Iím unsure of how this should all play out, or even how it came to be.
Iím talking about the BBC news item re Mulumebet Girma, the ďposter girlĒ for Southwark Council who was fired when the Council miraculously discovered what a lot of people apparently knew, she had been sentenced to 10 years in prison, reduced to 5 on appeal, for assisting an offender, her brother-in-law, Hussain Osman, who was sentenced to a minimum of 40 years for allegedly taking part in the failed bomb attack on Shepherdís Bush station in July 2005.
According to BBC, she didnít declare her conviction at first, then when she did, didnít say what the conviction was for, Southwark should have checked this, but didnít.
This sounds like total B.S. to me, when I applied to do the Knowledge, the Public Carriage Office, (precursor of TFL), asked me if I had any convictions, I answered truthfully yes, for ABH in 1967, they asked for the circumstances, I again told the truth, someone pushed my then girlfriend to the floor in a Chinese restaurant, as he was making off without paying for his meal, I chinned him just as the police entered the door, and they nicked me, despite mine, and the staffís explanations.
They told me that that arrest precluded me from getting a taxi driverís licence, but that I could apply again in 5 years time.
I was disappointed, but I bit the bullet, and eventually prevailed.
How did Southwark Council apparently slip up so badly?
If she was in a role that did not involve a DBS check, it would have been unlikely that the Council would have looked into it. That being said, if they had known, they probably would have made her head of diversity!
Her role didn't require a DBS, there was no reason to check an apprentice. It would actually be in violation of the DBS rules to do checks on those who don't require it for their role. Southwark didn't do anything wrong as far as I can tell.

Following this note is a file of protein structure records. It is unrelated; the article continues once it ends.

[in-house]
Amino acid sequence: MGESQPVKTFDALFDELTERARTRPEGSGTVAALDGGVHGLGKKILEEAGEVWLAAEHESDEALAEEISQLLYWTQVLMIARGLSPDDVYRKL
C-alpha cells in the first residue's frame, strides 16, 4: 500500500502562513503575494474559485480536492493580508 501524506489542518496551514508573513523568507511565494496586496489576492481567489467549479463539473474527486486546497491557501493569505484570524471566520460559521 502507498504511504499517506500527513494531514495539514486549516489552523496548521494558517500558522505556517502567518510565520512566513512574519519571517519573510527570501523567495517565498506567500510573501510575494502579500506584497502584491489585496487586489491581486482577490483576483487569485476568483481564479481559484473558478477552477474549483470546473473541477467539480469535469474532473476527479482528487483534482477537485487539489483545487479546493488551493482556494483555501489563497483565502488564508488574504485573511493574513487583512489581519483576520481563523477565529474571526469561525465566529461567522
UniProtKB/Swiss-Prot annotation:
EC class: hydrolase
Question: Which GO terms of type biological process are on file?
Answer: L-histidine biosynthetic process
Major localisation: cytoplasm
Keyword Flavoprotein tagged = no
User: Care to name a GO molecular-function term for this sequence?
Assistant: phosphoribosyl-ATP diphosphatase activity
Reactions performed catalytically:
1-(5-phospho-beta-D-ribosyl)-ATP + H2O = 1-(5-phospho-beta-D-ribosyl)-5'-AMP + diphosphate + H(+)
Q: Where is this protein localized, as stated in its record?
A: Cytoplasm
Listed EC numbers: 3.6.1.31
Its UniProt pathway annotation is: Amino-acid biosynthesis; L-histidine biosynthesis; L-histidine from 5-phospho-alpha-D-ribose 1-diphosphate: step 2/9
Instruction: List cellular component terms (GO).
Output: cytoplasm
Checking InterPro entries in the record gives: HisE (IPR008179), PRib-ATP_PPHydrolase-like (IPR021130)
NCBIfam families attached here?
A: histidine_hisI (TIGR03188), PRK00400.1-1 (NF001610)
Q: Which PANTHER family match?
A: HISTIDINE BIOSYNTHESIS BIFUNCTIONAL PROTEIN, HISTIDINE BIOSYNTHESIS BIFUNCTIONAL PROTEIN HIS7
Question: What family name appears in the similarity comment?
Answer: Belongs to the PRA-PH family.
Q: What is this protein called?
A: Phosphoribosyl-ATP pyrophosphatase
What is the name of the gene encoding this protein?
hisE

Difficult to call this one, Jules says that the lady did what she thought was right.
Iím unsure if that means Ms. Girma thought that harbouring her brother-in-law was right, or concealing her conviction from Southwark Council was right, or at least acceptable.
Zoe says that the role she applied for, which from what Iíve read, was a trainee customer services assistant, wouldnít require a DBS check.
Iím inclined to agree, but from there she rose to be a systems and performance analyst, but the Council says that didnít include access to any names that might be on a watch list.
Even if we accept, and I can accept it, that a DBS check was not required for her initial actual job application, I would think that itís SOP for any prospective employer to expect a truthful disclosure of any criminal convictions, or arrest record, particularly one that merited a 10 year prison sentence, even if it was reduced to 5 on appeal.
I have no axe to grind with Southwark Council, but Iím inclined to think that they dropped the ball with this one.